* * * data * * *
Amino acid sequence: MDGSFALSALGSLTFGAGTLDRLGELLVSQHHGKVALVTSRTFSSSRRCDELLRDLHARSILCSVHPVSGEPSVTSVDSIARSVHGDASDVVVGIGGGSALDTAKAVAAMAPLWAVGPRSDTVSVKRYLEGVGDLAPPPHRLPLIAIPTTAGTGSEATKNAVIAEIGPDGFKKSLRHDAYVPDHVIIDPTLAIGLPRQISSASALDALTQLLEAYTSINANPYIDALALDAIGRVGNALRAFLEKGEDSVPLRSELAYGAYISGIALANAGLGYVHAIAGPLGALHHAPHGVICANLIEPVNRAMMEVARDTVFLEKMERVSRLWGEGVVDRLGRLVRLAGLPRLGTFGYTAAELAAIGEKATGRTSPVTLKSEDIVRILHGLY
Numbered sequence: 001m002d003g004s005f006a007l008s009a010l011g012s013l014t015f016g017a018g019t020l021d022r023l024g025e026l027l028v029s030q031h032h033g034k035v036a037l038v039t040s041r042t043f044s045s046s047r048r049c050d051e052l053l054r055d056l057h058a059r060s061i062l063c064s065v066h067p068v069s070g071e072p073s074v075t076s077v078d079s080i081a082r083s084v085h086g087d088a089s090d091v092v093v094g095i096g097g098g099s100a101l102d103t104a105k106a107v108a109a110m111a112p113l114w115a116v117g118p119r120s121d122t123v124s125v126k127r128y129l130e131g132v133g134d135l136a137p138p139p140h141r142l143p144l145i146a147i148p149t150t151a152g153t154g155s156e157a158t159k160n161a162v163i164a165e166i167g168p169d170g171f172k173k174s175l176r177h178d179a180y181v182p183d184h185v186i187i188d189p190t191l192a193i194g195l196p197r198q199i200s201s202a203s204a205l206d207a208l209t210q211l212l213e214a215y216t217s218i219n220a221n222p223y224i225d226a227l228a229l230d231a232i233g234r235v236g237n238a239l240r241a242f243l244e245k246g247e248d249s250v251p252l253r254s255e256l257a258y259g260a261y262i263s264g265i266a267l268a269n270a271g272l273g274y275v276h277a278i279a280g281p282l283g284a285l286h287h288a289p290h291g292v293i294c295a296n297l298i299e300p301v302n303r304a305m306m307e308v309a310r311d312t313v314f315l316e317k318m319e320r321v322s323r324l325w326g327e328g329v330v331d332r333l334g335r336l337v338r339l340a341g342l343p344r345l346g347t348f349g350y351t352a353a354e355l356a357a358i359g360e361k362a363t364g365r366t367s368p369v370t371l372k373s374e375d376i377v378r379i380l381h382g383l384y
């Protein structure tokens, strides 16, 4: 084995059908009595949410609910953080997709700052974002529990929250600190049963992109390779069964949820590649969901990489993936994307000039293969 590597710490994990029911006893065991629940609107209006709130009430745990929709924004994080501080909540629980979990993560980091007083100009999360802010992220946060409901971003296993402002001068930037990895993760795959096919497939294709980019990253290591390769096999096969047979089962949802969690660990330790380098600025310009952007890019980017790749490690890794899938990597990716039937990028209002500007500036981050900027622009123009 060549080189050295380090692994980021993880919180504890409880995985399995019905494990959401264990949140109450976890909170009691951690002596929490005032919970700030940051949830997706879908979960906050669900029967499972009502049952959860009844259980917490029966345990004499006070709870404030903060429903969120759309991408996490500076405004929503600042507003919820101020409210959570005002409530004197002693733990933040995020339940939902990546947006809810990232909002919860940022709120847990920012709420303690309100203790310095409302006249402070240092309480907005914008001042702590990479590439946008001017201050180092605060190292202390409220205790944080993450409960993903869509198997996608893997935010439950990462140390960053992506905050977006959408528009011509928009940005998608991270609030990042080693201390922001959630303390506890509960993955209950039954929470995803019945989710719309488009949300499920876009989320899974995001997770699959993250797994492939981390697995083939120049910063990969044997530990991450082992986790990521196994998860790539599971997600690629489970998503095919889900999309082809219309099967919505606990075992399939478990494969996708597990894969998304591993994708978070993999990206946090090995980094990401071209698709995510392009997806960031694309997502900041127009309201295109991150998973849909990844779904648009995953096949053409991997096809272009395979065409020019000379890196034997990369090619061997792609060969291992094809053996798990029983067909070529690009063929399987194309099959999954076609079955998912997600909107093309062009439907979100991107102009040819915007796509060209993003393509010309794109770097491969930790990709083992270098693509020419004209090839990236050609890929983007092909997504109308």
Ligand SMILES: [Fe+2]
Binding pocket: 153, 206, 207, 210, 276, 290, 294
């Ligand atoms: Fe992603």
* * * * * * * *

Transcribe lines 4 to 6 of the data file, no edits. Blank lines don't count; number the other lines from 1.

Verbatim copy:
Ligand SMILES: [Fe+2]
Binding pocket: 153, 206, 207, 210, 276, 290, 294
């Ligand atoms: Fe992603």